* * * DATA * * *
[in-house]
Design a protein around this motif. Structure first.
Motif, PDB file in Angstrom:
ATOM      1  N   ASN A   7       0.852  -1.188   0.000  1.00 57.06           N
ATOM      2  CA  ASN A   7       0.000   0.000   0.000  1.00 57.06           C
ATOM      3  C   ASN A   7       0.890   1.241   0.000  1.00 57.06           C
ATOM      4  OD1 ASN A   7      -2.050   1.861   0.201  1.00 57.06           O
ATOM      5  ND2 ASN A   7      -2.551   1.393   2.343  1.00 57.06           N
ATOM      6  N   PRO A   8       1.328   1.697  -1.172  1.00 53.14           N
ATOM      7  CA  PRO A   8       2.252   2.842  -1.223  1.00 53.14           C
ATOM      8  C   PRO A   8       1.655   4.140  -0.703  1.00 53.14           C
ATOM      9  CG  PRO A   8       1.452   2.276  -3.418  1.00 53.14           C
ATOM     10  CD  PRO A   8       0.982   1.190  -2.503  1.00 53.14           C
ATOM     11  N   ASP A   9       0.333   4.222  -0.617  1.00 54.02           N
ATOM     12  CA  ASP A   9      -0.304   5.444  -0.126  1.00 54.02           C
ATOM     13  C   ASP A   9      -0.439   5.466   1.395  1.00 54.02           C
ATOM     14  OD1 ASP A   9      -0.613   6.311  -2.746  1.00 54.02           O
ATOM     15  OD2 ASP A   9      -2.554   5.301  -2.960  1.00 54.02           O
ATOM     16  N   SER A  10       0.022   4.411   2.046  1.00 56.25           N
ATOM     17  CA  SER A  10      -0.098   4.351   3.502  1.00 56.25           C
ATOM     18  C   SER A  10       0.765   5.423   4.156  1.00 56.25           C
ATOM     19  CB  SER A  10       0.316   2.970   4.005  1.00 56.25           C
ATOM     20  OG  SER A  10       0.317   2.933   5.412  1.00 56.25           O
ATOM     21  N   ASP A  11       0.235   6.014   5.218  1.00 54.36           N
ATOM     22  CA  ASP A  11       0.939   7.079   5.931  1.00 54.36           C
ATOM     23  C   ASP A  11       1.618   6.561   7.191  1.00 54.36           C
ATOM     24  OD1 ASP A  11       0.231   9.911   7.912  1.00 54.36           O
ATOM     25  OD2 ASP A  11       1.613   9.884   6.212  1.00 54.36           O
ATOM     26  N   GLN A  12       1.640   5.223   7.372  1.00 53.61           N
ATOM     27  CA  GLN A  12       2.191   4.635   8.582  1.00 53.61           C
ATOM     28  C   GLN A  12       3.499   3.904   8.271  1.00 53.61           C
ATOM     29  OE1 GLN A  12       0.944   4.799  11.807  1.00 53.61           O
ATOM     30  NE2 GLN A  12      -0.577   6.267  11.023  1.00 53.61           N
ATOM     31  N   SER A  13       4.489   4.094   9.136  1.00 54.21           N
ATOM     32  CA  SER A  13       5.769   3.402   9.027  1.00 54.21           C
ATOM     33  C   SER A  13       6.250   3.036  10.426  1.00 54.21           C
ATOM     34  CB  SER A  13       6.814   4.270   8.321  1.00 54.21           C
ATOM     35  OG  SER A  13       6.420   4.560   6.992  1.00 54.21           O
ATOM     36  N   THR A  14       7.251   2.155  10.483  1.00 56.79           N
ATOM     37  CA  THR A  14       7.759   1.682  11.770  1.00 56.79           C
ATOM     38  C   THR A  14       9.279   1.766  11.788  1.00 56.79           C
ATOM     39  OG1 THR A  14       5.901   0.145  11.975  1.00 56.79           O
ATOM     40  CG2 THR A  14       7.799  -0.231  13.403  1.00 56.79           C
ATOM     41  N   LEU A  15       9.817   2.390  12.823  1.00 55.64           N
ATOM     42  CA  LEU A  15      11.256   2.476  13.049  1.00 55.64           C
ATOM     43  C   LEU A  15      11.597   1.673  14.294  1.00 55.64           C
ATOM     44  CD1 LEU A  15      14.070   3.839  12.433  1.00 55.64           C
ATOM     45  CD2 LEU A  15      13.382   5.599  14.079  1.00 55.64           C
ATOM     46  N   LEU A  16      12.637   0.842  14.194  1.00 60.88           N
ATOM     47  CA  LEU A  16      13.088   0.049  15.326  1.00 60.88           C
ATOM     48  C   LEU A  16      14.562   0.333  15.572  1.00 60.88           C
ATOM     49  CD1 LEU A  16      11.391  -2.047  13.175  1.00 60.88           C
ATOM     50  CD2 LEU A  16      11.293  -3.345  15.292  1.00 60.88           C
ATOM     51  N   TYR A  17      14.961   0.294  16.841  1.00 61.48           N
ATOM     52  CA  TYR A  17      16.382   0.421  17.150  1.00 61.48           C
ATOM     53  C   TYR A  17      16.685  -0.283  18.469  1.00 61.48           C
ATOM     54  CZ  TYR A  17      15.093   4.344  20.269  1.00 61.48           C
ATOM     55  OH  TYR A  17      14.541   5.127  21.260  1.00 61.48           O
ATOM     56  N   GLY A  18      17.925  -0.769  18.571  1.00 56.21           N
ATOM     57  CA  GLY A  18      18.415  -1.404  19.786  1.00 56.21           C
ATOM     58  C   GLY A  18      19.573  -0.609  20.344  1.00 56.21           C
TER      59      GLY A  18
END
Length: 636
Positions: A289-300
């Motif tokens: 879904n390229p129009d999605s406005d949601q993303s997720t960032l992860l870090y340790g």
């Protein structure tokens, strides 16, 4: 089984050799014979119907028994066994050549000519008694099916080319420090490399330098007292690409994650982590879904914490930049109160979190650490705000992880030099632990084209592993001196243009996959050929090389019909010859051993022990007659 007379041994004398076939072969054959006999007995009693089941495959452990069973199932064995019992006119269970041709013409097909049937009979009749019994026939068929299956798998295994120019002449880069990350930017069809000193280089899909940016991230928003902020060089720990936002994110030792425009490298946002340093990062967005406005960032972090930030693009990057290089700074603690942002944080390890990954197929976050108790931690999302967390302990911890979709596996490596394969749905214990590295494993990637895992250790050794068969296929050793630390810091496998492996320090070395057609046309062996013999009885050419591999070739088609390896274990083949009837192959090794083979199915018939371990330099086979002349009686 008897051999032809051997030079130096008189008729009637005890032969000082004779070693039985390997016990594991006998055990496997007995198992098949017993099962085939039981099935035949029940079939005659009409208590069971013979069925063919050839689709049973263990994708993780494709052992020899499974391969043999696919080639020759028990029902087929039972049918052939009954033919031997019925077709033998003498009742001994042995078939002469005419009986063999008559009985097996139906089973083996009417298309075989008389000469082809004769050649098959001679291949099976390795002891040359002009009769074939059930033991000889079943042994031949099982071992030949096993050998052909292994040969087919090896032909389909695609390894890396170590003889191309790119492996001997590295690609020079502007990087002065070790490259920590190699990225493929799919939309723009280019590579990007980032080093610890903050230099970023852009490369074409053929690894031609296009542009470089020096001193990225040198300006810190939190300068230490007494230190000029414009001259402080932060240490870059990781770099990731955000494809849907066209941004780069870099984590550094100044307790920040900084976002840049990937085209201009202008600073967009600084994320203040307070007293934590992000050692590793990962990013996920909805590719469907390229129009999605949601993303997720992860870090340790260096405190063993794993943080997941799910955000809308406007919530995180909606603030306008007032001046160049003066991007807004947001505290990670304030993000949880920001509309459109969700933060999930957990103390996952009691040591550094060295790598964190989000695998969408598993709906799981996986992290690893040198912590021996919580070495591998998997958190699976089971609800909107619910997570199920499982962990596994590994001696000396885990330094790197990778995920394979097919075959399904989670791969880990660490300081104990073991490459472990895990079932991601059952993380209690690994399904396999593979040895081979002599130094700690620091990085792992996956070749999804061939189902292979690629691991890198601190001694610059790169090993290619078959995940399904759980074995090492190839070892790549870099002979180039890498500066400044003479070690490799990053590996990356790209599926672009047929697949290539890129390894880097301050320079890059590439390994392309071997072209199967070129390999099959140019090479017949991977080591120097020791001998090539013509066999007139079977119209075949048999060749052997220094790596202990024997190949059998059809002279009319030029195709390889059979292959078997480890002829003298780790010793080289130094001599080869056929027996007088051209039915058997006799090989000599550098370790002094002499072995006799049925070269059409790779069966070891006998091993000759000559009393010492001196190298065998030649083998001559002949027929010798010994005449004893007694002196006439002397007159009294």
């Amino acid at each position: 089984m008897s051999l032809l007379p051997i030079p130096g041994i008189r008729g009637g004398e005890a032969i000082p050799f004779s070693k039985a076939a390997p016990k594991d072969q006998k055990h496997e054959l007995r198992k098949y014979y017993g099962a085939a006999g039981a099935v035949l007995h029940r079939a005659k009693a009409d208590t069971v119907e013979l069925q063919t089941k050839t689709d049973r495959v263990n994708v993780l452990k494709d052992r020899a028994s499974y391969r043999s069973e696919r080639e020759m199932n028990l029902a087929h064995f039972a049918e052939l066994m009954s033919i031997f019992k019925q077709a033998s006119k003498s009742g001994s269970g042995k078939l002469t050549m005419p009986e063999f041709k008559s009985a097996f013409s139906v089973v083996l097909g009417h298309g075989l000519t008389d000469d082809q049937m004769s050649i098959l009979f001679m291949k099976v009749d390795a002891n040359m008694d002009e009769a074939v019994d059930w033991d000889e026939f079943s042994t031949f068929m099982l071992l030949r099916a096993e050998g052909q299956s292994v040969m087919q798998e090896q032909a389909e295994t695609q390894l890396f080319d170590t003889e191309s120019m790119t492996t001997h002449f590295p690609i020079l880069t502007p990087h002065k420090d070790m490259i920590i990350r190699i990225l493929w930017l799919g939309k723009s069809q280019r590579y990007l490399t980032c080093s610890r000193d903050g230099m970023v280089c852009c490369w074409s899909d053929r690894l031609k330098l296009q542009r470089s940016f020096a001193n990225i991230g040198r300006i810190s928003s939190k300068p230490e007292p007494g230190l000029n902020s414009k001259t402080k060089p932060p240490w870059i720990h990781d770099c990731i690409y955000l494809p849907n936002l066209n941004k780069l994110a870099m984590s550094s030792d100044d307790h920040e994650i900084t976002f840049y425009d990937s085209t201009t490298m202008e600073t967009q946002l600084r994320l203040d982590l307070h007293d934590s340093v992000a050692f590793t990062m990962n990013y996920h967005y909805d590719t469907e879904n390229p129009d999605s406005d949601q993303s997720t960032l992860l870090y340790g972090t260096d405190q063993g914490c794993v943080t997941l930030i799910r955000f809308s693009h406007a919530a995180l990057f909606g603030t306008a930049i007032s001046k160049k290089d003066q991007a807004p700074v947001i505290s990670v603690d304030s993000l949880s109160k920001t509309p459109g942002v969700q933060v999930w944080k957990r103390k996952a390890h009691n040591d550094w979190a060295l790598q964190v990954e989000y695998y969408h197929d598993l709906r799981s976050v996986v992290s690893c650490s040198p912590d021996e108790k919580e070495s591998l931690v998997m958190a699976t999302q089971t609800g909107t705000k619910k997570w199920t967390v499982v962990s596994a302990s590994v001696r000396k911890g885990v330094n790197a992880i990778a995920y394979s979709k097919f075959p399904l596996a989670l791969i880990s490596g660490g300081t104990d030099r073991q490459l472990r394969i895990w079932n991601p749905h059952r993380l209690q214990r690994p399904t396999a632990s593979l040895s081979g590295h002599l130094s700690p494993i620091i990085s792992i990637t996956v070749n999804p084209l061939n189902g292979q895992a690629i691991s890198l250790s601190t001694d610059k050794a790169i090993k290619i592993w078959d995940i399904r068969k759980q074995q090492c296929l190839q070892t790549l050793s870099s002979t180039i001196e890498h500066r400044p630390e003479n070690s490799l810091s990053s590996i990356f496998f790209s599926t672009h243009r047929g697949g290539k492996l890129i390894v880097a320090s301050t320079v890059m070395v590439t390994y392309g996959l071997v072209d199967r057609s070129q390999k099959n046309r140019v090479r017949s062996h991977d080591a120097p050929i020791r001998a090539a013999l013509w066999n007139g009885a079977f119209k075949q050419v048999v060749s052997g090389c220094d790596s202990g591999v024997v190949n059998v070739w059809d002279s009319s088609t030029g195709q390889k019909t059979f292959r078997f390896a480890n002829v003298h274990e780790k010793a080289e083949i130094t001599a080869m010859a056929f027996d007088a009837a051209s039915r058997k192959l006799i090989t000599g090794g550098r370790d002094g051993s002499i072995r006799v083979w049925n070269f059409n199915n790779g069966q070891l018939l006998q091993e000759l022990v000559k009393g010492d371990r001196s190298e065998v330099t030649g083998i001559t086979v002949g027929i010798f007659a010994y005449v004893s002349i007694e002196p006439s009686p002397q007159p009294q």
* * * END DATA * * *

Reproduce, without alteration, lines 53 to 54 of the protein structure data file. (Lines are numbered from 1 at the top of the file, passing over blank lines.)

ATOM     50  CD2 LEU A  16      11.293  -3.345  15.292  1.00 60.88           C
ATOM     51  N   TYR A  17      14.961   0.294  16.841  1.00 61.48           N